tries to blow everyone’s minds with stats…

… including this zinger about jersey colours:


And yet, my mind remains stoically unblown.

[For any NFL photo essayists reading this, when your website will be the most popular thing on the planet in three days, you might want to understand correlation and causation, binomials and not being a tool.]

Hi, is this IBM customer support? I have the 3 keys you sent me. Do they open something?

IBM, in what is probably not a new experience for them, have developed something kinda science-y: IBM’s “Keys to the Match”, for enjoyment with tennis.

If you go here, you can see post match analysis like this:


You have to admit, it looks pretty impressive. And yet, questions remain. Quite a few, actually. Continue reading

Dear cricket. Minor quibble. Let’s still be friends? NS.

Dear Cricket,

T20 cricket, like baseball, is a game which lasts about three hours. When close and competitive, it’s a pleasure to watch. When one-sided, you understand why both sports feel the need to have fireworks, dancers, music etc at the ready, to keep the thoroughly lubricated crowd at bay – and some nice graphics for the home viewers.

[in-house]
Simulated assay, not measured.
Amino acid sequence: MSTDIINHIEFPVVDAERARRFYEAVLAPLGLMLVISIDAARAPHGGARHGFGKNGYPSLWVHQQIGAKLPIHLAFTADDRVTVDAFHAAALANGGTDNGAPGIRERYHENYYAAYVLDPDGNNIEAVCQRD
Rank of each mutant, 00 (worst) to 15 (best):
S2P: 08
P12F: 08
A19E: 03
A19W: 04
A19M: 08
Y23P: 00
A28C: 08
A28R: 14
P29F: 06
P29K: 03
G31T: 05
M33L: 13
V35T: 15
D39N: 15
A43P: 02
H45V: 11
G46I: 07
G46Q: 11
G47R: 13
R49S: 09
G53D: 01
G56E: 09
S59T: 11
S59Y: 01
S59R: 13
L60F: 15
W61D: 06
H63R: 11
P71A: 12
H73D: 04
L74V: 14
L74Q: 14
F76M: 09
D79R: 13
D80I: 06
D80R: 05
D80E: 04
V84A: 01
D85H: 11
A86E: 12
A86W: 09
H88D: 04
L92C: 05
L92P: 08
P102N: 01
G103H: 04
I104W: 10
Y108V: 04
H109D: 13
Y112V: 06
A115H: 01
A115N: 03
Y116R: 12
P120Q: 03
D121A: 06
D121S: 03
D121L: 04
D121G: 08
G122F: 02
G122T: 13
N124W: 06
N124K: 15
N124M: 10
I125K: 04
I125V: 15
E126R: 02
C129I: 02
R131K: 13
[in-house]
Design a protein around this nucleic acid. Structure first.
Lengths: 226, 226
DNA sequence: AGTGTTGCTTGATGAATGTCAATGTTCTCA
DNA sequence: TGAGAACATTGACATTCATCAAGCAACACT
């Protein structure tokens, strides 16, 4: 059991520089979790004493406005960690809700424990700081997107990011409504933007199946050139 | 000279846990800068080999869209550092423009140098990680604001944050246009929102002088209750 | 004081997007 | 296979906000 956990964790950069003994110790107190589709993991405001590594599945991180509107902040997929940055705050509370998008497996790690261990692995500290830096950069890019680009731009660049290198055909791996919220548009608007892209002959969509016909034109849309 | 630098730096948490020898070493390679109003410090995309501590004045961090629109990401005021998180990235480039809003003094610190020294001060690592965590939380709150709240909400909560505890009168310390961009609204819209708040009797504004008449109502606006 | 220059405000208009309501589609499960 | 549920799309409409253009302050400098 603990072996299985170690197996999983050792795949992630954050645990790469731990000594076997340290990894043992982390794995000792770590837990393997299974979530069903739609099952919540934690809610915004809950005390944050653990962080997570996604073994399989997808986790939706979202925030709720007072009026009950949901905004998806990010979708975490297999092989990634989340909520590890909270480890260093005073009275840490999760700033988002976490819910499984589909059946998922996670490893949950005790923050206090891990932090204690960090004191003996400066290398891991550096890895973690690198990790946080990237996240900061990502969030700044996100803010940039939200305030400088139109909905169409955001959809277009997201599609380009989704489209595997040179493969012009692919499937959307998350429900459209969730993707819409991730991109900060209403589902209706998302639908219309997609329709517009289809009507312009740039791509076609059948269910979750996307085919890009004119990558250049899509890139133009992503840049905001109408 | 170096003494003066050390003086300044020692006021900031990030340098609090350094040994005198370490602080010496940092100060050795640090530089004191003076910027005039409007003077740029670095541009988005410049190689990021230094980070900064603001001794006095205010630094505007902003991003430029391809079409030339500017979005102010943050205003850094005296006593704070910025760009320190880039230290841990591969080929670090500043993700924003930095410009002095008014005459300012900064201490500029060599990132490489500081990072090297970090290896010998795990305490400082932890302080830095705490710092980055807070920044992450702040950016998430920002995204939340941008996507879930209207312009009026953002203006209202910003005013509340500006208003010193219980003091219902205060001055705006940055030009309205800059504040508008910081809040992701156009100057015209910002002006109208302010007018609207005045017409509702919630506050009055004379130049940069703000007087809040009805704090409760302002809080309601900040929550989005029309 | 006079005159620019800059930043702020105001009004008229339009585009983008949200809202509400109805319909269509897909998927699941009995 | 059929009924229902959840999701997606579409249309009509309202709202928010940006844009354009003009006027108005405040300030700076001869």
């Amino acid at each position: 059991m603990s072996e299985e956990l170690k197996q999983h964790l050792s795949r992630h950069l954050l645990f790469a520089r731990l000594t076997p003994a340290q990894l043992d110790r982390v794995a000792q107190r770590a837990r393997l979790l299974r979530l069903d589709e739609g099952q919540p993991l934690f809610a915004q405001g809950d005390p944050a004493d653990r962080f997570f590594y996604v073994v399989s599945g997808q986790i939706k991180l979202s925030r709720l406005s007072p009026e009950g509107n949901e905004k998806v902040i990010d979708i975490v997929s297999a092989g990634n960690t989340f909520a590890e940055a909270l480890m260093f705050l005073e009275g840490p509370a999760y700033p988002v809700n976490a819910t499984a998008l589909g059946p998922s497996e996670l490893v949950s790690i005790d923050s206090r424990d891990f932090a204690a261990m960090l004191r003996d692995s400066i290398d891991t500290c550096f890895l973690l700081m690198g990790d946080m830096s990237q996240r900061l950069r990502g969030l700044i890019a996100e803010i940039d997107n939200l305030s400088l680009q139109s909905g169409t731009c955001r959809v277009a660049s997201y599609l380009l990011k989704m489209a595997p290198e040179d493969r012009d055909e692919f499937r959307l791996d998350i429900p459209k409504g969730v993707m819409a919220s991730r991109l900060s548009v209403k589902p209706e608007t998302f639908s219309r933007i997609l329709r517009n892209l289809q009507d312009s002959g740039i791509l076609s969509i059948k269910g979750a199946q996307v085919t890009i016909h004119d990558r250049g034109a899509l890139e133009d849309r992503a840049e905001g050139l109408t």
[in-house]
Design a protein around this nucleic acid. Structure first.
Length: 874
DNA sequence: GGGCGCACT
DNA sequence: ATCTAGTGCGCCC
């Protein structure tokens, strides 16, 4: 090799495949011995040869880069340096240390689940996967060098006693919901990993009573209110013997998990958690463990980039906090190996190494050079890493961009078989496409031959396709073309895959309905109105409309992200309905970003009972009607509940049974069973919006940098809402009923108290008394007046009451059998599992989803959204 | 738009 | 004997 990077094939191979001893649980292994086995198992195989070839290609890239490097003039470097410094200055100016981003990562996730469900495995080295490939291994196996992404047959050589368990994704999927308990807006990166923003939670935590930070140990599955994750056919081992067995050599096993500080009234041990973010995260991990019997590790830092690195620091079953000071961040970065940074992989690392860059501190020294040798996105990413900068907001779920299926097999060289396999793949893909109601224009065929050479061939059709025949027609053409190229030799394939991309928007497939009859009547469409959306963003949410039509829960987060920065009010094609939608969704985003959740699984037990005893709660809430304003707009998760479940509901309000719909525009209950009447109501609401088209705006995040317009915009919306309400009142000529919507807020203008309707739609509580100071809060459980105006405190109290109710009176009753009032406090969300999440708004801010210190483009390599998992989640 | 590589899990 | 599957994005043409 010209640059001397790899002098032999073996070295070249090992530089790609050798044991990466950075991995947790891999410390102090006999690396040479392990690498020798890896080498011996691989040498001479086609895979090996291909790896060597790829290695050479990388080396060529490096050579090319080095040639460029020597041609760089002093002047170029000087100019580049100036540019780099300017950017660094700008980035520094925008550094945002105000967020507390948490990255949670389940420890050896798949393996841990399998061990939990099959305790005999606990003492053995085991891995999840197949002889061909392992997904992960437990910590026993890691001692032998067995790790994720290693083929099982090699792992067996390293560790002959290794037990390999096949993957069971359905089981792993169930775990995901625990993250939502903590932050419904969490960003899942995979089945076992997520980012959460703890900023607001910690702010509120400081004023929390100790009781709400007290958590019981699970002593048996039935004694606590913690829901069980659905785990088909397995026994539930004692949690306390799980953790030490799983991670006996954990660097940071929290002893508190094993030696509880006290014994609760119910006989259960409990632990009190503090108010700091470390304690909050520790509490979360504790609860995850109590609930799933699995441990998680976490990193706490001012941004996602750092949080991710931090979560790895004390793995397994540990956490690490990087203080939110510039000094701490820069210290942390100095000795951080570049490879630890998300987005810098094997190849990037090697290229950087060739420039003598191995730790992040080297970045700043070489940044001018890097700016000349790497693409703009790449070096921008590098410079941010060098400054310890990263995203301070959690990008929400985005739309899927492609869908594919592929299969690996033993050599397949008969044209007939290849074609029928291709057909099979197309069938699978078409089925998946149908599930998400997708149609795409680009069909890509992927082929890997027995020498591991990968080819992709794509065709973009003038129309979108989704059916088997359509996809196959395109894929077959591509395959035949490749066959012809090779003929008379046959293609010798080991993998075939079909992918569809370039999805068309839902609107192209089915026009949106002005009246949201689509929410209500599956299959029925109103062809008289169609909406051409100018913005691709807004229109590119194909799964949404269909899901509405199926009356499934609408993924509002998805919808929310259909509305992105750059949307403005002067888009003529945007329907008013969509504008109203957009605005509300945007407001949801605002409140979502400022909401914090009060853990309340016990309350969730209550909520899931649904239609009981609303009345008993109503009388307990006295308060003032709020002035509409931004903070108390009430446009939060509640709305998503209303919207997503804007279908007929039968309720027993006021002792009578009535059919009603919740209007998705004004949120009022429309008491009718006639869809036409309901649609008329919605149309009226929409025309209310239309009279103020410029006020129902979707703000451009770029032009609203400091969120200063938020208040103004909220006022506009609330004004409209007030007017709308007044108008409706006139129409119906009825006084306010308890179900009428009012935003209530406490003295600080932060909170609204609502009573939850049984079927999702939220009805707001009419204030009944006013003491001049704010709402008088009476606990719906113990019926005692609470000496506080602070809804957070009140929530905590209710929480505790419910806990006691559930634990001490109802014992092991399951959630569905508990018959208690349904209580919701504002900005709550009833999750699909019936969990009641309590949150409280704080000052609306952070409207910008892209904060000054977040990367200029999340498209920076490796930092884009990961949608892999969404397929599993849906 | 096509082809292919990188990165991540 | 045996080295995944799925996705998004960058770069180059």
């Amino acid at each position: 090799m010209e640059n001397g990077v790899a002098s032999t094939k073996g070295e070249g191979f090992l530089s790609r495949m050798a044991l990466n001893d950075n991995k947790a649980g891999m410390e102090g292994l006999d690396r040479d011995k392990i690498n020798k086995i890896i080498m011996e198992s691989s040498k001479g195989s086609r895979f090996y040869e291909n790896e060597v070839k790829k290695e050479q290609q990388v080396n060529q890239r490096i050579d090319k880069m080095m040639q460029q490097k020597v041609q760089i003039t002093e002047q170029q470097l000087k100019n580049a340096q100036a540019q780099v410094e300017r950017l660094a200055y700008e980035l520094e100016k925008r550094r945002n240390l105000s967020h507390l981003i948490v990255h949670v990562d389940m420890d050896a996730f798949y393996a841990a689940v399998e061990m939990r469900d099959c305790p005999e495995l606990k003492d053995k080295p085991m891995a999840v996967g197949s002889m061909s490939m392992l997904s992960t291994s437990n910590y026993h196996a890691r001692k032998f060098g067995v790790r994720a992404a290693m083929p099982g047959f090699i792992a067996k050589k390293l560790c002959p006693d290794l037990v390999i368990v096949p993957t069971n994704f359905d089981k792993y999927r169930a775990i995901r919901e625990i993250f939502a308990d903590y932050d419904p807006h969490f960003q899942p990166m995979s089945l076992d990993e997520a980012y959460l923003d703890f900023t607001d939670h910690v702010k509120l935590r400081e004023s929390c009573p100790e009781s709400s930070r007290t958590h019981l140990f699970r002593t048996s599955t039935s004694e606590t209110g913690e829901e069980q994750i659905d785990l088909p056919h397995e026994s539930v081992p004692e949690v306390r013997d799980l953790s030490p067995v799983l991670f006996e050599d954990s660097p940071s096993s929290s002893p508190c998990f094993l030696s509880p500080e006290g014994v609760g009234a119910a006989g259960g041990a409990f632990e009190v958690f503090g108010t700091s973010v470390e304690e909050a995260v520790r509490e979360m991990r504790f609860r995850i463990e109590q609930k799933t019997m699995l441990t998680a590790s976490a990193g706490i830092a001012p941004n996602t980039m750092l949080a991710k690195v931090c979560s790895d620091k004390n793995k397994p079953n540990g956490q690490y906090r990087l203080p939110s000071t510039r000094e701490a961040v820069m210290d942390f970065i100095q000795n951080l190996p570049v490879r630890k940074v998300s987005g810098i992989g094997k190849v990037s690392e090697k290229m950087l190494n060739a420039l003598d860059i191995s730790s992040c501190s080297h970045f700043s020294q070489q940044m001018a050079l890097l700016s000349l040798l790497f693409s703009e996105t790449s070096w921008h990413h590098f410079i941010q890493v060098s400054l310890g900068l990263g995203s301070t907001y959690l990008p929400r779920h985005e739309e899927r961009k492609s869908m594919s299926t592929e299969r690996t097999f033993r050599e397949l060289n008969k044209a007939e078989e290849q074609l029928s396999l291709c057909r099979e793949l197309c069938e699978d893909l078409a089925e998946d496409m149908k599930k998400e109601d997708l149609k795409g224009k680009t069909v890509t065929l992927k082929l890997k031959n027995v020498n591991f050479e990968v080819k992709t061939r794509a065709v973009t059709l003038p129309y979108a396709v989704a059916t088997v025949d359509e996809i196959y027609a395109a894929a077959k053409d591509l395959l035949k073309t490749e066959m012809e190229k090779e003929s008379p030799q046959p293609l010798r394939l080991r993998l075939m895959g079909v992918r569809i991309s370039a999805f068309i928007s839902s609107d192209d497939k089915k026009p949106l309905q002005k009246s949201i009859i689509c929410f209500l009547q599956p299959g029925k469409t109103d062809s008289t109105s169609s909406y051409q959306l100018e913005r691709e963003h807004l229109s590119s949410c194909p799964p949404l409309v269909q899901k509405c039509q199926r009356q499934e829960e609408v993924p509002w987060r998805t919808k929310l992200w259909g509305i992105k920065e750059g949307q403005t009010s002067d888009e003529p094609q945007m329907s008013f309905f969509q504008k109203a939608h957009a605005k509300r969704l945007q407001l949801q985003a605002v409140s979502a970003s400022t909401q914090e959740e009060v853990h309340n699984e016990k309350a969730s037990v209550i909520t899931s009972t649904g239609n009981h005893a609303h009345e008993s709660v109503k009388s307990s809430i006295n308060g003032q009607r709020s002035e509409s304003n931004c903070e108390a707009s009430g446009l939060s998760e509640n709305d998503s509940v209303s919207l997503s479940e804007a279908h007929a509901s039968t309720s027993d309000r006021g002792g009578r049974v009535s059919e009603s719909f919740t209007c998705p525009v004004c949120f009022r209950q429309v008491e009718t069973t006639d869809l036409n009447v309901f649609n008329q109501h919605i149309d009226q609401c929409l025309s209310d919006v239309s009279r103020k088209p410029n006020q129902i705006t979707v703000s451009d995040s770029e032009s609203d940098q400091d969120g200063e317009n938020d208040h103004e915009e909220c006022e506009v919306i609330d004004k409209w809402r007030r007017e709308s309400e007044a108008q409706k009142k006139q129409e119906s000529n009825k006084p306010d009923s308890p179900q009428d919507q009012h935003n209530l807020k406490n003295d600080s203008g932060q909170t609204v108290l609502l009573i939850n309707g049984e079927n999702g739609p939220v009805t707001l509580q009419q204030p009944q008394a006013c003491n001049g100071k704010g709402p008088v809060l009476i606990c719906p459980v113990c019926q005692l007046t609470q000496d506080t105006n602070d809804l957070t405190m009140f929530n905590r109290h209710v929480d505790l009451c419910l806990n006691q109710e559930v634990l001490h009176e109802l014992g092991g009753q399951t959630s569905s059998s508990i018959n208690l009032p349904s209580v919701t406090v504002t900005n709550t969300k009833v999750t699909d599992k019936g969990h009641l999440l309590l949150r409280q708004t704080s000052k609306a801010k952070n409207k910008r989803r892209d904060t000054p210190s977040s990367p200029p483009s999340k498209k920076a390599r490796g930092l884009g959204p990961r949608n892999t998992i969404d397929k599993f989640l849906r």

Channel 10’s viewer-experience-enhancing graphics

And whilst we’re enjoying the colour and movement of it all, we can take in a few key stats about the players. For batsmen, there’s strike rate (run scored per 100 balls) and for bowlers economy rate (runs conceded per 6 balls). Anything over 115 or so is good for batsman, anything under 7.2 or so is good for bowlers (“or so” is inserted because a few more years on T20 cricket are probably needed to put batting and bowling performances in context).

Both economy rate and strike rate are calculated by taking the number of runs and dividing it by the number of balls. Then – for a reason that escapes me – economy is calculated by multiplying by 6, strike rate multiplying by 100. Aren’t these figures two sides of the same coin? Batsman try to maximise runs scored off an over, bowlers try to minimise runs scored off an over?

In the interests of making easy comparisons between batting and bowling performances – for those of us who can’t quickly multiply or divide by 16⅔ – perhaps a majority position can be reached on whether the factor should be 100, 6, or something else?